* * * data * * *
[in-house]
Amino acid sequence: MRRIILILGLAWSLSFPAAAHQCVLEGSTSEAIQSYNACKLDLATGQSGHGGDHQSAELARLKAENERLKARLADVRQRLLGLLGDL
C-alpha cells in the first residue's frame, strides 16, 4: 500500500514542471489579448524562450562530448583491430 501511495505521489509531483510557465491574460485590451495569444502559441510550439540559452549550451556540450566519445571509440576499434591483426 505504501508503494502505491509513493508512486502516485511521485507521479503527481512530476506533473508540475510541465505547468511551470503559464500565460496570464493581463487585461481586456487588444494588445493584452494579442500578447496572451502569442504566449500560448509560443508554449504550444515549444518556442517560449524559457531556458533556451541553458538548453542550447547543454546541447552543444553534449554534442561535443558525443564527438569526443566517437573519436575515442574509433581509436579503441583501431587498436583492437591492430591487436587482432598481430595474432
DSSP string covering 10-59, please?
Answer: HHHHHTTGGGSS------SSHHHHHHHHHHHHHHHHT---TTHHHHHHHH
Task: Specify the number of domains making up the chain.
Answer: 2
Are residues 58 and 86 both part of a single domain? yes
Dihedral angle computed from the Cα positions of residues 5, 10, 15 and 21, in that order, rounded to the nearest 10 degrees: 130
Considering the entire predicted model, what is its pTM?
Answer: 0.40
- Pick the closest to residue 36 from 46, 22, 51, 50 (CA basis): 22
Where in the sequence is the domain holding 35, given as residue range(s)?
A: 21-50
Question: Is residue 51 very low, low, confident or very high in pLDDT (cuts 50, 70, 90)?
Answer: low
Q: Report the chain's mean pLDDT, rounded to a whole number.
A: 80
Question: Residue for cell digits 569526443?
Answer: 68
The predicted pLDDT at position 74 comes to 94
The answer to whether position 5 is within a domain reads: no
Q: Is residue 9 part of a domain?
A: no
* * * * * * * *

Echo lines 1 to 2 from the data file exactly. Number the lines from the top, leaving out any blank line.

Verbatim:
[in-house]
Amino acid sequence: MRRIILILGLAWSLSFPAAAHQCVLEGSTSEAIQSYNACKLDLATGQSGHGGDHQSAELARLKAENERLKARLADVRQRLLGLLGDL